2. The people that I spoke to before I started working from home indicated how difficult it was to stay motivated and productive when working from home. After doing it now for a year I can say that it certainly has its challenges but it also has a lot of benefits.
    My workplace makes full use of collaboration tools like SharePoint and Lync and as working in the office requires booking a desk two weeks in advance you can find yourself sat working with complete strangers and not speaking to people any more than you would at home. However, my team does manage to book a block of desks in the same location every day and so this helps to ensure that we do end up sat together and although we don’t interact hugely it does make a difference just being in the office and working but being able to overhear other human conversation, ask a question quickly over the desk or just have a chat or exorcise a gripe.
    I work from home 3 days a week and commute to the office Tuesdays and Thursdays and its probably the optimal mix because I look forward to both going to the office and the days when I am working from home and the start and end to the week are an easier transition.
    I think everyone working in an office isn’t needed to be there all 5 days a week and with people’s busy lives and stressful commutes it really helps to make people’s working lives less of an ordeal and allows them to put on some laundry, receive mail order items and grocery deliveries and cover some of the other minor household admin whilst taking a break from their laptop screens.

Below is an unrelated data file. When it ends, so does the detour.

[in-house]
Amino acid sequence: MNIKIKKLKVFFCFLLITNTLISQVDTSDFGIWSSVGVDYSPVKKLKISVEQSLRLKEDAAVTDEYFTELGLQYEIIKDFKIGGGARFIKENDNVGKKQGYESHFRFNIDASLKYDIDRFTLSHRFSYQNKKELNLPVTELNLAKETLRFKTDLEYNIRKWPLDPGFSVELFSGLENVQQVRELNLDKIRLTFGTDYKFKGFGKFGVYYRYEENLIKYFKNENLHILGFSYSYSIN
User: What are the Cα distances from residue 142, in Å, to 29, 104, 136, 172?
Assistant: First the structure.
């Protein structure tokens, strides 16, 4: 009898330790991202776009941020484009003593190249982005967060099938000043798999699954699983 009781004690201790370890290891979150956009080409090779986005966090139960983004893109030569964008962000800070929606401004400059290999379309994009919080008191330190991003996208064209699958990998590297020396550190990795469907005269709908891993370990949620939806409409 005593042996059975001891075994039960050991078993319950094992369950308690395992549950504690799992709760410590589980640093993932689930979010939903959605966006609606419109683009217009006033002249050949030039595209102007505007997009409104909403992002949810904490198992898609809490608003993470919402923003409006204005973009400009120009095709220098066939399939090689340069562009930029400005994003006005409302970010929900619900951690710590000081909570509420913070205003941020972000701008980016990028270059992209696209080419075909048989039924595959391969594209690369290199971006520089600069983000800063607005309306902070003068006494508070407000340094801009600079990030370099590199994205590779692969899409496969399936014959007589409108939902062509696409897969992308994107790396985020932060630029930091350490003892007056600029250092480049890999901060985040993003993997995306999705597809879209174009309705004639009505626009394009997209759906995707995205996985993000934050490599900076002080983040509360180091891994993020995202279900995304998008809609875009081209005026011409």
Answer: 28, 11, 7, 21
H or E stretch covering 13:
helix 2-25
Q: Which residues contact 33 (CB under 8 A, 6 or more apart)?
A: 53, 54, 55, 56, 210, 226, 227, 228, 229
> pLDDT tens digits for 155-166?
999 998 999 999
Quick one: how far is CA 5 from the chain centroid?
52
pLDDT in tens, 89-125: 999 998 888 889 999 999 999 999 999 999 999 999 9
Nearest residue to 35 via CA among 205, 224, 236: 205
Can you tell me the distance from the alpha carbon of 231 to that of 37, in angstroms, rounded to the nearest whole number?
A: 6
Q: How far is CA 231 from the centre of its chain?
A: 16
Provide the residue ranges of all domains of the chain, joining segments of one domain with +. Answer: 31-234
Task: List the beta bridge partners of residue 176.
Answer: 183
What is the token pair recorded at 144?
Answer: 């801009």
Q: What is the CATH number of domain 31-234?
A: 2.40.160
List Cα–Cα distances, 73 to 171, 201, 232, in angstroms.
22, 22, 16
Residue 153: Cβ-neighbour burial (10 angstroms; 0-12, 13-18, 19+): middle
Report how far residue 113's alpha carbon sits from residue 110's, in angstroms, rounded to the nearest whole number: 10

Its also helped to save the environment a little as previously myself and my partner had cars for our commuting but now I can take public transport to the office and so we could sell both our old cars and get one more modern and economical car instead.

    In conclusion it doesn’t work for every job and every person but I think having the flexibility and the benefits it does bring, its definitely worked to my advantage.

  3. Charles Rear permalink

    I think the comments sum it up very well. I first started working from home about ten years ago and find no negative effects, when busy. However when not busy it is easy to become isolated; the more so if one changes employer, knowing no one at day 1. However, as Jo says, is the isolation any greater than going to an office and sitting in a hot desk area with colleagues whose work is entirely unrelated to one’s own? The closure of offices that technology enables can mean the commute to the nearest office can be 100 miles! One does have to ‘put oneself about’ but, in the world of ‘virtual teams’, it would be perverse to commute this distance just to say ‘hello’. While Yahoo’s measure may seem excessive, I think companies need to introduce measures to maintain their employees engagement with and attachment to their employers, and reaping the reward of ‘cross-learning’. Knowledge Management is notoriously difficult and is made harder by physical separation of people. Perhaps firms should spend a little of what they’ve saved in fixed costs to get people together sometimes.